#3 – HUD Store Dot Com

The Department of Housing and Urban Development (HUD) has many programs but in my experience one relatively unknown tool is a website that lists all foreclosed homes by state. It’s a robust means to allow searches by state, county, city, price range and more.

 Homes listed here are all foreclosed HUD homes that need few or minor repairs and are open for bidding at a set date. Typically, the bidding process can get competitive, so if you see there are a lot of inquiries, you may want to set your bid a bit higher to increase your chances of success. The site notes the status of each home and the timeline, and potential buyers can visit the properties almost as often as they’d like.

 The homes listed on HUD Store dot com still have to appraise by the FHA (required lender) and they typically take a longer period of time than a home on the “open market” from accepting the contract to closing on the home, usually 45 days.

 

 

#4 – NACA (Neighborhood Assistance Corporation of America

This is quite possibly the least known resource for first time home buyers, in my estimation. This non-profit community advocacy program exists to build strong healthy neighborhoods nationwide through affordable housing. NACA helps working people and those with poor credit. Features can include no down payment, no closing costs, no fees, no “perfect credit” requirements and below market interest rates.

 Of course, potential homeowners will need to carefully research and consult experts, but I have seen many first time buyers realize success with NACA and it’s a top notch advocacy group with which to work.

 

 

#5 – Every Situation is Different – Chart Your Own Course

Many first time home buyers have a misconception that they have to have a 20 percent down payment because that’s what they’ve always heard. Some even think they have to pay the entire cost of the home because they heard a friend talk about it one time. This simply isn’t true. No two situations are alike. For some, it makes more sense to put less money down and use those funds toward kitchen updates, a bathroom remodel or an addition. In fact, if you’re buying a home for the second time, it’s quite conceivable you could have a totally different scenario than when you made your first home purchase. Keep your options open.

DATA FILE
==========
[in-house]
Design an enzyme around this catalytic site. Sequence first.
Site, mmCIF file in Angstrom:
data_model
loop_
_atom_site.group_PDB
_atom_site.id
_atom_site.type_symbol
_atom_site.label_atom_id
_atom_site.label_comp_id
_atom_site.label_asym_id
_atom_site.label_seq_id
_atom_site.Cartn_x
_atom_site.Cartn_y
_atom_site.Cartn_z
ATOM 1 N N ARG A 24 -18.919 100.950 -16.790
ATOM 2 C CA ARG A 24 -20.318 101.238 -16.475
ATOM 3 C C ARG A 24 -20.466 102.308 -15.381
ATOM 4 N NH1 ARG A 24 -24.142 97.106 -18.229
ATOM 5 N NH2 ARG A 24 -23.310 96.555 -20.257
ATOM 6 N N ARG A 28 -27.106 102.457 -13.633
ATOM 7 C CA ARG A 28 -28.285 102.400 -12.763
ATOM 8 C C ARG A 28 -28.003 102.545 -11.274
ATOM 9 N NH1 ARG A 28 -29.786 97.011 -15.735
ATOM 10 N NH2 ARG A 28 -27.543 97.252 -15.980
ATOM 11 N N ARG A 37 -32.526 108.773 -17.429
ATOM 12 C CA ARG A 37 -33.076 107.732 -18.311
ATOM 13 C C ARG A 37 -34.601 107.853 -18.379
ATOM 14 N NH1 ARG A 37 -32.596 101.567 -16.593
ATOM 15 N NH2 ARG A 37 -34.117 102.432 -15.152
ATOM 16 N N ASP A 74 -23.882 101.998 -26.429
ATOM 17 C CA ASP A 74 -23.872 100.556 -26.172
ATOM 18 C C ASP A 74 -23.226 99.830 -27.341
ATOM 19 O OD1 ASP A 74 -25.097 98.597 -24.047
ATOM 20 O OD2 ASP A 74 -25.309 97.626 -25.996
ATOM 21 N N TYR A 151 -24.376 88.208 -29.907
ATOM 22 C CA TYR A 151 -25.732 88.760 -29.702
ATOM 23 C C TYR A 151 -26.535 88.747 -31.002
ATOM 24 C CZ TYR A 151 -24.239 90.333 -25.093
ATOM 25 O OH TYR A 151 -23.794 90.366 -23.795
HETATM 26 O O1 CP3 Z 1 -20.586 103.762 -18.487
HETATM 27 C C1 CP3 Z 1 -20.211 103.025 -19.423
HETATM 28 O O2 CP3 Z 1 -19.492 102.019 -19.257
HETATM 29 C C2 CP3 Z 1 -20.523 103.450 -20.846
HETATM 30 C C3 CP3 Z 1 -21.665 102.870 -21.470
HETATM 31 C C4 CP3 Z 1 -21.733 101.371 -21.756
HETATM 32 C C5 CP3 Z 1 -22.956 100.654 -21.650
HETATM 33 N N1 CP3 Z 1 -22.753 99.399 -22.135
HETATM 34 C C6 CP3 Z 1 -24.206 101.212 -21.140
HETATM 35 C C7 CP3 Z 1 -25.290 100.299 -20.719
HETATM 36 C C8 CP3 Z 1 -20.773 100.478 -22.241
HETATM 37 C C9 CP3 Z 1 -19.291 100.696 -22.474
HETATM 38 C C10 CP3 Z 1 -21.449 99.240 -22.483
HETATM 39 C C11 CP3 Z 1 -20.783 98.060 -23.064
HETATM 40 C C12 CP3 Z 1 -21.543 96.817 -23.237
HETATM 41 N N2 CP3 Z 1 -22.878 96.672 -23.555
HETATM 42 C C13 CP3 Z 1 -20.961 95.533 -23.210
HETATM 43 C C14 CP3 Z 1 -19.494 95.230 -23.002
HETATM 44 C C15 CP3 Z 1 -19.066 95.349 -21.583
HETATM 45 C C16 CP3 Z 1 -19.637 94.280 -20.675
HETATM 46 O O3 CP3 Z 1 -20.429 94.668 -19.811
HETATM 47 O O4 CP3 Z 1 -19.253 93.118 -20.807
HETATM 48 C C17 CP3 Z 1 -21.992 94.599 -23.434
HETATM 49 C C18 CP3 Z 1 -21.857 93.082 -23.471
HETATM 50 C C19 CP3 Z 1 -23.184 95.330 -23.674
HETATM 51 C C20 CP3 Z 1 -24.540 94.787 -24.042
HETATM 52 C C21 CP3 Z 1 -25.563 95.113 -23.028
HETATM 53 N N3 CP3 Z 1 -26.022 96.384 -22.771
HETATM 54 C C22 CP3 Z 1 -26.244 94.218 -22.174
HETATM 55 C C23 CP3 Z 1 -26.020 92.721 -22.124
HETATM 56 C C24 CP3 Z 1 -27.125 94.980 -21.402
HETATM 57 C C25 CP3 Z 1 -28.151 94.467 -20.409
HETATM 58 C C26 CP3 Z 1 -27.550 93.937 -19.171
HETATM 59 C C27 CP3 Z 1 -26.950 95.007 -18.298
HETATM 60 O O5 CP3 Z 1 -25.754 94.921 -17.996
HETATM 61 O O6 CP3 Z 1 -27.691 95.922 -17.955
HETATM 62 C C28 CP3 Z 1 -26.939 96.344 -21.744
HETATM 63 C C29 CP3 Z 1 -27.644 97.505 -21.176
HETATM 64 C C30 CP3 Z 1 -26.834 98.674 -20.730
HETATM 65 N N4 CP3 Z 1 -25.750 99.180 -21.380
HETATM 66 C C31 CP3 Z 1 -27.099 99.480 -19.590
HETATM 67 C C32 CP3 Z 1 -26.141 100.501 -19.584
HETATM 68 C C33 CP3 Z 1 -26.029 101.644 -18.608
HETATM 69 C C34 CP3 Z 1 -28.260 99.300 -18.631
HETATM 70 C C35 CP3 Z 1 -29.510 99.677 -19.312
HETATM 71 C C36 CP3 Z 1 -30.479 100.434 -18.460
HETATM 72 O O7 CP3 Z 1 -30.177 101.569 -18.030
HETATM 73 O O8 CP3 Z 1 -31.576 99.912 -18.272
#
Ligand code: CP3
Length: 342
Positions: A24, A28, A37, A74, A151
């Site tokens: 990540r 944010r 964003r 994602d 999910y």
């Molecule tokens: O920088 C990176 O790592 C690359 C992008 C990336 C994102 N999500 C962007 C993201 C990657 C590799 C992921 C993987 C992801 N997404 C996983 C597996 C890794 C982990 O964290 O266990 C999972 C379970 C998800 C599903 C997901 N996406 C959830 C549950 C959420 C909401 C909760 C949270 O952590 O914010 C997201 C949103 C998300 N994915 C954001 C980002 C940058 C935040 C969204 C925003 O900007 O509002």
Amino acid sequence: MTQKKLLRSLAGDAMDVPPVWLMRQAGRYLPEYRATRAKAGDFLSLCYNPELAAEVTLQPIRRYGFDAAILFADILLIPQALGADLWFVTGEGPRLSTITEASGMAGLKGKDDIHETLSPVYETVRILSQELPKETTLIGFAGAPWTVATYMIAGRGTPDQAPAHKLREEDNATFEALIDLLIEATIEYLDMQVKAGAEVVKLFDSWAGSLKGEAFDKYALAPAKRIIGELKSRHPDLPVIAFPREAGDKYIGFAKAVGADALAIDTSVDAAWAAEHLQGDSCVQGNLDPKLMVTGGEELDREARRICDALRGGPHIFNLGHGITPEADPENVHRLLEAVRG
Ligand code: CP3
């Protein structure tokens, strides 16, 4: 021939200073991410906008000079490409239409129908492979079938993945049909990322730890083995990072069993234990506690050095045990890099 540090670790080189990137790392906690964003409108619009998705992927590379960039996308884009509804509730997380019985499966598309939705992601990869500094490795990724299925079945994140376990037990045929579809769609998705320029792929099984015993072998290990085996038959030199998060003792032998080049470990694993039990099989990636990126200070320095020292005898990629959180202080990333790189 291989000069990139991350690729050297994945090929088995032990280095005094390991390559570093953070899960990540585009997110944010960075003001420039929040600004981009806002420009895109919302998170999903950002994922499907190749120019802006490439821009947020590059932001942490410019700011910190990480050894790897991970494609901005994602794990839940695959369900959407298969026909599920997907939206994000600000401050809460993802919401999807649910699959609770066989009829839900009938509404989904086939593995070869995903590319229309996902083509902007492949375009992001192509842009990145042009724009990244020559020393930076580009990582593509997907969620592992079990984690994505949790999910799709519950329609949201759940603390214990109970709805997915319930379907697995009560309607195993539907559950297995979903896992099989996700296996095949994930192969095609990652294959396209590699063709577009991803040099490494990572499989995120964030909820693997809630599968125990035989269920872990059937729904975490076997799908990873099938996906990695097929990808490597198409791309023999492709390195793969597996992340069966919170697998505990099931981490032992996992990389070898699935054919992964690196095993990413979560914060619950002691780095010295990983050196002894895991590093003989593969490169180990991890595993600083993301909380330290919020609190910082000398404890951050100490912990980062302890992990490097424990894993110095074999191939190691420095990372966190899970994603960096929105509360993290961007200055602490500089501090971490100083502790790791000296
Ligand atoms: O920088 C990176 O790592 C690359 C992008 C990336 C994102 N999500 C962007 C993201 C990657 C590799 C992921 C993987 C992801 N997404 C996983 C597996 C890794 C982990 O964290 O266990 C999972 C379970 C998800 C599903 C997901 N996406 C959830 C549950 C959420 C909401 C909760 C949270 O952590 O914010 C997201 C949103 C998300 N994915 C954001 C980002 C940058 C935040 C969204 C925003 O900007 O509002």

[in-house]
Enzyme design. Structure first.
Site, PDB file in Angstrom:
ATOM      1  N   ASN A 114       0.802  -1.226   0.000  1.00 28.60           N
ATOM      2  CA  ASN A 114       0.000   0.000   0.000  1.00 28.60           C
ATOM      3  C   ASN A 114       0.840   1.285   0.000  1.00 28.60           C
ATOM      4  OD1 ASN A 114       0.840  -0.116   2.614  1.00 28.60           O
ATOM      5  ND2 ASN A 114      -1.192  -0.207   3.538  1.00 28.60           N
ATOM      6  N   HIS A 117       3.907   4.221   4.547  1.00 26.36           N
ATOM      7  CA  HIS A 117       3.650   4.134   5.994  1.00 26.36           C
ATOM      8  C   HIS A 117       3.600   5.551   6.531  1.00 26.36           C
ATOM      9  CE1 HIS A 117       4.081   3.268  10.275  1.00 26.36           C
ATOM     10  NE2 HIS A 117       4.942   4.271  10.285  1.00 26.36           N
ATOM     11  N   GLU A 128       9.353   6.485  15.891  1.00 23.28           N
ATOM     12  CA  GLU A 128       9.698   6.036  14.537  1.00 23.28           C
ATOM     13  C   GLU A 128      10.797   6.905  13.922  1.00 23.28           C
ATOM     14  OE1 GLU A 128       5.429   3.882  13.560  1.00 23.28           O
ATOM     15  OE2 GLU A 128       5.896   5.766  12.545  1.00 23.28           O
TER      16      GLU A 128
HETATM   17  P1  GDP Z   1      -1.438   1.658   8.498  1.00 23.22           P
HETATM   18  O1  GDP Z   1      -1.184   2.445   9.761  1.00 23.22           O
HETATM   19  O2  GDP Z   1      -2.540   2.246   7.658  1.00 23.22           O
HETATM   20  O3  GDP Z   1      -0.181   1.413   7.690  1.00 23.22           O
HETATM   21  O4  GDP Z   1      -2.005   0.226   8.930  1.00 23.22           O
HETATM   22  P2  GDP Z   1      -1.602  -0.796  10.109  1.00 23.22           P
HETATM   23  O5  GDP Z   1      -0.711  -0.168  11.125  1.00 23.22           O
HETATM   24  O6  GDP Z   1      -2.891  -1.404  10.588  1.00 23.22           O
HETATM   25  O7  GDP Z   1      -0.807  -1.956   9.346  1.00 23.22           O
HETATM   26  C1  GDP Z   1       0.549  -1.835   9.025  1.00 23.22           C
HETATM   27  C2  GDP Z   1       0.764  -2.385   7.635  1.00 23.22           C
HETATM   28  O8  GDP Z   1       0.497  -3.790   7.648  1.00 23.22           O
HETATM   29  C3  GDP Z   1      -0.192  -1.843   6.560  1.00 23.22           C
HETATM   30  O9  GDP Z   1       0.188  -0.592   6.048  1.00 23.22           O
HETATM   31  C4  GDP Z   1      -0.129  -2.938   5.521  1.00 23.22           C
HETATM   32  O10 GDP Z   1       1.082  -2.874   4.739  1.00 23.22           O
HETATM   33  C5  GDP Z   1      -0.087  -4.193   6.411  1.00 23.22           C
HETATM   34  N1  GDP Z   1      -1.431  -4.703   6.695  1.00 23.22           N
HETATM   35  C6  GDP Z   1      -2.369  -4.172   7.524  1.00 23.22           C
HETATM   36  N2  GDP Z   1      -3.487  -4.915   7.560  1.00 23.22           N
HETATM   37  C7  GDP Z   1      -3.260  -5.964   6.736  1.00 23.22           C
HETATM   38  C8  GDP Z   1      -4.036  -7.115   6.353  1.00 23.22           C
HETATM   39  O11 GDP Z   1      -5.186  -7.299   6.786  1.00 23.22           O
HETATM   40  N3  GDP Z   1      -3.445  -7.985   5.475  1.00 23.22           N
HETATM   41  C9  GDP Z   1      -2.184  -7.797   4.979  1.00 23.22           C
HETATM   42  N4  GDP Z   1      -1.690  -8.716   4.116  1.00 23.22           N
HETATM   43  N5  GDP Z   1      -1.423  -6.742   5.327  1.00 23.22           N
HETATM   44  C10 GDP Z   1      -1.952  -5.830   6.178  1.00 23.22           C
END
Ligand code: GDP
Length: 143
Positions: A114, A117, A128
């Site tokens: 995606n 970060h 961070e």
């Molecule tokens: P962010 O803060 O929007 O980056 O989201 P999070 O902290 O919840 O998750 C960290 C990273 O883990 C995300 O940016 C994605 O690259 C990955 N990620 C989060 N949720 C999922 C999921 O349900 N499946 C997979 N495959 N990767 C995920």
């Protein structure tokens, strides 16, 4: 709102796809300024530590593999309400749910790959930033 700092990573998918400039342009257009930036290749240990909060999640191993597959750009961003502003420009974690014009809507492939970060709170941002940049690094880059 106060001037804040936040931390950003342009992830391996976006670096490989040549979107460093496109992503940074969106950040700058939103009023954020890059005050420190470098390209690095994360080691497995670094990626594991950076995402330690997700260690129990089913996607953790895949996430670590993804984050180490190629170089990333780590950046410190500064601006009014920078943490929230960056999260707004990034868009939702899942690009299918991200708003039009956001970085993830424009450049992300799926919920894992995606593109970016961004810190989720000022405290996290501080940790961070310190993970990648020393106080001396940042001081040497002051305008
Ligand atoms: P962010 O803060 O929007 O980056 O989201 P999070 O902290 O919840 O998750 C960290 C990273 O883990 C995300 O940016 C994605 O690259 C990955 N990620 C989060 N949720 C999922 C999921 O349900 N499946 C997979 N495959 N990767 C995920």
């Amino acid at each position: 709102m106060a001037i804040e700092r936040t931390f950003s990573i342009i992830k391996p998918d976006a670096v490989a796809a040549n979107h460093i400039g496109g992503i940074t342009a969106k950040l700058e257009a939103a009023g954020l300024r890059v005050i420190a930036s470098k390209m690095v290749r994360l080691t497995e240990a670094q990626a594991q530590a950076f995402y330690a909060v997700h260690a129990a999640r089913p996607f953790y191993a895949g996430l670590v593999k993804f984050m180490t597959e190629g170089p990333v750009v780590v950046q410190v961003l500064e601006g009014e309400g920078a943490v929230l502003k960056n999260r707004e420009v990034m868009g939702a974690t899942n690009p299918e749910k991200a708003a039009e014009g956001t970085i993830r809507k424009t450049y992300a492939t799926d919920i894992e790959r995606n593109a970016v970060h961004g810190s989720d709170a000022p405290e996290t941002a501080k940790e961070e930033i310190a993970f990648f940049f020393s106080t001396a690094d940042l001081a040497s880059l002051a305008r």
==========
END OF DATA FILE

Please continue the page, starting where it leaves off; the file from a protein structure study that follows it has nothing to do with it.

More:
I encourage all home buyers – but especially first timers – to consider all possibilities. Do the research, run the stats, take time for your due diligence and talk to the experts. In my experience, being mindful of these lesser known choices and dispelling a few myths and misconceptions can offer hope – and spark a few ideas – to give first time buyers that jump start toward the home of their dreams.

Mario Fermin has been a real estate agent since 2009 and became a broker in 2014. Bi-lingual in English and Spanish, he is a member of the Northeast Atlanta Metro Association of REALTORS (NAMAR) and he is a member and current Georgia Association of REALTORS® director of the National Association of Hispanic Real Estate Professionals. He is a managing broker for Best Source Realty, LLC and holds an MCNE (Master Certified Negotiation Expert) and a GRI (Graduate Realtor Institute).

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Kara Cook